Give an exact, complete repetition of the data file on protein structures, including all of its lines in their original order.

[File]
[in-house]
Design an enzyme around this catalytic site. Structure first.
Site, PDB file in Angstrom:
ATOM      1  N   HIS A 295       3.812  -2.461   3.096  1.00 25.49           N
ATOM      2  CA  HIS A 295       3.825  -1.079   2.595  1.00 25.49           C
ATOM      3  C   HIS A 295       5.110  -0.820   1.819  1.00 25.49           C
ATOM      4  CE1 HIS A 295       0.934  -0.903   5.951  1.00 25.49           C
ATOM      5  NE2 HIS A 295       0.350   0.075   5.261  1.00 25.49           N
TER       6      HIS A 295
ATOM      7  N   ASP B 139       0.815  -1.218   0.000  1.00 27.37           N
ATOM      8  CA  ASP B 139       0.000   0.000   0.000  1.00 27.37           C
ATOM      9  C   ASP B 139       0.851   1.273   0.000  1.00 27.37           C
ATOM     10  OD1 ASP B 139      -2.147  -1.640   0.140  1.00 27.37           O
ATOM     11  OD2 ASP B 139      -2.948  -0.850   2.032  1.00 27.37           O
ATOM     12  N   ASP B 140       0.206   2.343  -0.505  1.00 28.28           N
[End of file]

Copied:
[in-house]
Design an enzyme around this catalytic site. Structure first.
Site, PDB file in Angstrom:
ATOM      1  N   HIS A 295       3.812  -2.461   3.096  1.00 25.49           N
ATOM      2  CA  HIS A 295       3.825  -1.079   2.595  1.00 25.49           C
ATOM      3  C   HIS A 295       5.110  -0.820   1.819  1.00 25.49           C
ATOM      4  CE1 HIS A 295       0.934  -0.903   5.951  1.00 25.49           C
ATOM      5  NE2 HIS A 295       0.350   0.075   5.261  1.00 25.49           N
TER       6      HIS A 295
ATOM      7  N   ASP B 139       0.815  -1.218   0.000  1.00 27.37           N
ATOM      8  CA  ASP B 139       0.000   0.000   0.000  1.00 27.37           C
ATOM      9  C   ASP B 139       0.851   1.273   0.000  1.00 27.37           C
ATOM     10  OD1 ASP B 139      -2.147  -1.640   0.140  1.00 27.37           O
ATOM     11  OD2 ASP B 139      -2.948  -0.850   2.032  1.00 27.37           O
ATOM     12  N   ASP B 140       0.206   2.343  -0.505  1.00 28.28           N